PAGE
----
Phytoremediation of Stormwater by Floating Treatment Wetland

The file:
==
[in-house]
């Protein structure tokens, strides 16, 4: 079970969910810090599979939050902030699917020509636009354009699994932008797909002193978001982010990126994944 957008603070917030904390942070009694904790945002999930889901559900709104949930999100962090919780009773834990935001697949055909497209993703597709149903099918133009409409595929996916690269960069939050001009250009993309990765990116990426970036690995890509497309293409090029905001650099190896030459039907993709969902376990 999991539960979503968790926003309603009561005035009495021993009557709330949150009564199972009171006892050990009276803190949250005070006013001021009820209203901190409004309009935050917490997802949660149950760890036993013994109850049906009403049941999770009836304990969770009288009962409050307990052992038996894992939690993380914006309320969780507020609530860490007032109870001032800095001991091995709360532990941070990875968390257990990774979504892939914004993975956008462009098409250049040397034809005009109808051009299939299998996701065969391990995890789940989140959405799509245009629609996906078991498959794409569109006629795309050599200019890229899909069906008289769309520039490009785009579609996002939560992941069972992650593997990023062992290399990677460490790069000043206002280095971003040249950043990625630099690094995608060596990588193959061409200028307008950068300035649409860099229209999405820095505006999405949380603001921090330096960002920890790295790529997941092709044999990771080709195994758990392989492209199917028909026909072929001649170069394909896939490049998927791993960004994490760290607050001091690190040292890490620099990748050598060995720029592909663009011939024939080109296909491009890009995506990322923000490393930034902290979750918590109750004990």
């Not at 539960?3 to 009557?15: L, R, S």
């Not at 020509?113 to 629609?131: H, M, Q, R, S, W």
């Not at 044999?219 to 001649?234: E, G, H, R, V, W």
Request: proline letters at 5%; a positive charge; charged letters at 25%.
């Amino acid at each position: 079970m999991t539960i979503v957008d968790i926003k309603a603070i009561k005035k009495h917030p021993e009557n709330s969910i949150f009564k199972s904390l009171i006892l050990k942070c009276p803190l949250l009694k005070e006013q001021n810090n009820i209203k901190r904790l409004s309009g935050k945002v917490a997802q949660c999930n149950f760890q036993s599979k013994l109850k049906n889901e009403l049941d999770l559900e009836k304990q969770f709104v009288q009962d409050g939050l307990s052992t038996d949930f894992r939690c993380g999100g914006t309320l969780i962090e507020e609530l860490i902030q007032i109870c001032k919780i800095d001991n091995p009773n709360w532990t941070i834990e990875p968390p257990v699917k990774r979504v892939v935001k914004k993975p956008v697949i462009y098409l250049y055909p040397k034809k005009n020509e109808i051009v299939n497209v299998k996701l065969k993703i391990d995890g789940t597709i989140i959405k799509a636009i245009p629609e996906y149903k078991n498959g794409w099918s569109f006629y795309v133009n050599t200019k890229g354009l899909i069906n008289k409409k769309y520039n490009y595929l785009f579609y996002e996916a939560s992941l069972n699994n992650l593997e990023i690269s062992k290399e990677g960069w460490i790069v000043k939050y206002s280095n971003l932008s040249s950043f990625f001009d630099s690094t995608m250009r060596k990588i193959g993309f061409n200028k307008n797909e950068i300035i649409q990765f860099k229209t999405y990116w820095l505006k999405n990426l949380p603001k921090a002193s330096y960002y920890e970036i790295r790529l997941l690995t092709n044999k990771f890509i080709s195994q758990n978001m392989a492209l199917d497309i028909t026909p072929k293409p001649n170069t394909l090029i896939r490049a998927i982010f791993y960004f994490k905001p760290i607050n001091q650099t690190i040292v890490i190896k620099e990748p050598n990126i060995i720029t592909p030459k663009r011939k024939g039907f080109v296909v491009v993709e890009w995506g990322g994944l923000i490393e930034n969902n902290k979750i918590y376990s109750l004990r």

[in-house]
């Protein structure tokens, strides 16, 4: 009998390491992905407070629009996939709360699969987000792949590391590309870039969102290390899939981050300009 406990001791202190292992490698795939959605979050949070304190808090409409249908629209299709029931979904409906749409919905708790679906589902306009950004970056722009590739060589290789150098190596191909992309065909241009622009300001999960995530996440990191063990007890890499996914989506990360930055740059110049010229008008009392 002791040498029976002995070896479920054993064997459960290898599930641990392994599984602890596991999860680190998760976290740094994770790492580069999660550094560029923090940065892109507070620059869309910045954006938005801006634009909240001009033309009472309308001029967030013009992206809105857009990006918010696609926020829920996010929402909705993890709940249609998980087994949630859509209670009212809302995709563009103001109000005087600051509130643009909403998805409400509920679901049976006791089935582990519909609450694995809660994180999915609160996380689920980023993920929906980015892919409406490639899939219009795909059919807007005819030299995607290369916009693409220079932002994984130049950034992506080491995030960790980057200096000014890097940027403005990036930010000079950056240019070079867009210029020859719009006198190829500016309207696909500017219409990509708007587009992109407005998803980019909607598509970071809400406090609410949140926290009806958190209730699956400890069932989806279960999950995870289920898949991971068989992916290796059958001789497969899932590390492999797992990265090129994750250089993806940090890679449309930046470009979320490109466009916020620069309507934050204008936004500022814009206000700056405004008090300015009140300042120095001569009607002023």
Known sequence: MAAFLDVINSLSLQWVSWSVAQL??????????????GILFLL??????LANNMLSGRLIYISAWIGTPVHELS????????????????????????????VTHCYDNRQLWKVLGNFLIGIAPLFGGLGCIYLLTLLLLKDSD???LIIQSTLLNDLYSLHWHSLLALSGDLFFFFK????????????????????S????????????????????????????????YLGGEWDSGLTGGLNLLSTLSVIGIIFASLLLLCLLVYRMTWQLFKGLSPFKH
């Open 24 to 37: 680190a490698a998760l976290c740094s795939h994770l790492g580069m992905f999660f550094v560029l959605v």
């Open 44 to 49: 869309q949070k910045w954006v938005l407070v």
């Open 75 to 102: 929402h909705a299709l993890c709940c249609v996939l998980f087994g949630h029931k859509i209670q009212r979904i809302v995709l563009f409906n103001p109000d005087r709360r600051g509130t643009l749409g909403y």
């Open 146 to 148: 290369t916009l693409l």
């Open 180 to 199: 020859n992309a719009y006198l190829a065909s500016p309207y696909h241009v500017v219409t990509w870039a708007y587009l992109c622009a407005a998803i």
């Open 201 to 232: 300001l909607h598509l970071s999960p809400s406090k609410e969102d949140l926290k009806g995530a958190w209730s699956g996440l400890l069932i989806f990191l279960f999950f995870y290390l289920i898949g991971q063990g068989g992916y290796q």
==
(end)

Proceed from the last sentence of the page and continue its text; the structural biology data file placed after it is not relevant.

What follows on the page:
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Floating treatment wetland (FTW) is a promising technology for nutrient and metal removal from stormwater. Plant is the key component of an FTW, facilitating pollutant removal through plant uptake and microbial actions. A careful selection of plant species is essential for an efficient FTW. This paper reviews available literature focusing on the role of plants in FTWs to identify research gaps and provide future research directions. From field-scale research, it was identified that Baumea articulata, Phragmites australis, Chrysopogon zizanoidses and Carex appressa were high-performing plants for nitrogen and phosphorus removal. It was found that the presence of microbial community largely depends upon the plant species. Microbial species and abundance are also limited by environmental factors such as pH, dissolved oxygen and nutrient concentration. Multi-species plantation is widely adopted in field-scale FTWs, but its effectiveness is not proven even though it has the potential for enhanced treatment under the right condition. Development of plant harvesting strategies for permanent removal of pollutants from the FTW system was found to depend on the season and nutrient distribution in plant tissue. This review paper provides critical insights into plant selection, role of microbes, multi-species plantation and harvesting strategies for permanent removal of pollutants from an FTW system.
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